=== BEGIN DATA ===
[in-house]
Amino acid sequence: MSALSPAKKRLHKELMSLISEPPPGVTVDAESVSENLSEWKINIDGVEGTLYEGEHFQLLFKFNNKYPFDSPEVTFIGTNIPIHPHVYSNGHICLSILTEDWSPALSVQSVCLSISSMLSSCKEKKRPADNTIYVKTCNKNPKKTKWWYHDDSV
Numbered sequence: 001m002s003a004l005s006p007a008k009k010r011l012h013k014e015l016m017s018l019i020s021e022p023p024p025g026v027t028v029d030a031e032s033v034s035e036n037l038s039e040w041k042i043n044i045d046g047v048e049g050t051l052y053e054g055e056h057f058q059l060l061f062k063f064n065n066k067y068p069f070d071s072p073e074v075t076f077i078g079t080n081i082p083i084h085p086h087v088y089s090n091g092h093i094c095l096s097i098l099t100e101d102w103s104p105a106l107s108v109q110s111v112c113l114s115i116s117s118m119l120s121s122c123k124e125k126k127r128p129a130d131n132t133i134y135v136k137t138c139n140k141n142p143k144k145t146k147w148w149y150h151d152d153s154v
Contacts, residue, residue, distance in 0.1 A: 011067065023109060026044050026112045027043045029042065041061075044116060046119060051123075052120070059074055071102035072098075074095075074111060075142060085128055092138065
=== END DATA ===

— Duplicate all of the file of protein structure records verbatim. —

[in-house]
Amino acid sequence: MSALSPAKKRLHKELMSLISEPPPGVTVDAESVSENLSEWKINIDGVEGTLYEGEHFQLLFKFNNKYPFDSPEVTFIGTNIPIHPHVYSNGHICLSILTEDWSPALSVQSVCLSISSMLSSCKEKKRPADNTIYVKTCNKNPKKTKWWYHDDSV
Numbered sequence: 001m002s003a004l005s006p007a008k009k010r011l012h013k014e015l016m017s018l019i020s021e022p023p024p025g026v027t028v029d030a031e032s033v034s035e036n037l038s039e040w041k042i043n044i045d046g047v048e049g050t051l052y053e054g055e056h057f058q059l060l061f062k063f064n065n066k067y068p069f070d071s072p073e074v075t076f077i078g079t080n081i082p083i084h085p086h087v088y089s090n091g092h093i094c095l096s097i098l099t100e101d102w103s104p105a106l107s108v109q110s111v112c113l114s115i116s117s118m119l120s121s122c123k124e125k126k127r128p129a130d131n132t133i134y135v136k137t138c139n140k141n142p143k144k145t146k147w148w149y150h151d152d153s154v
Contacts, residue, residue, distance in 0.1 A: 011067065023109060026044050026112045027043045029042065041061075044116060046119060051123075052120070059074055071102035072098075074095075074111060075142060085128055092138065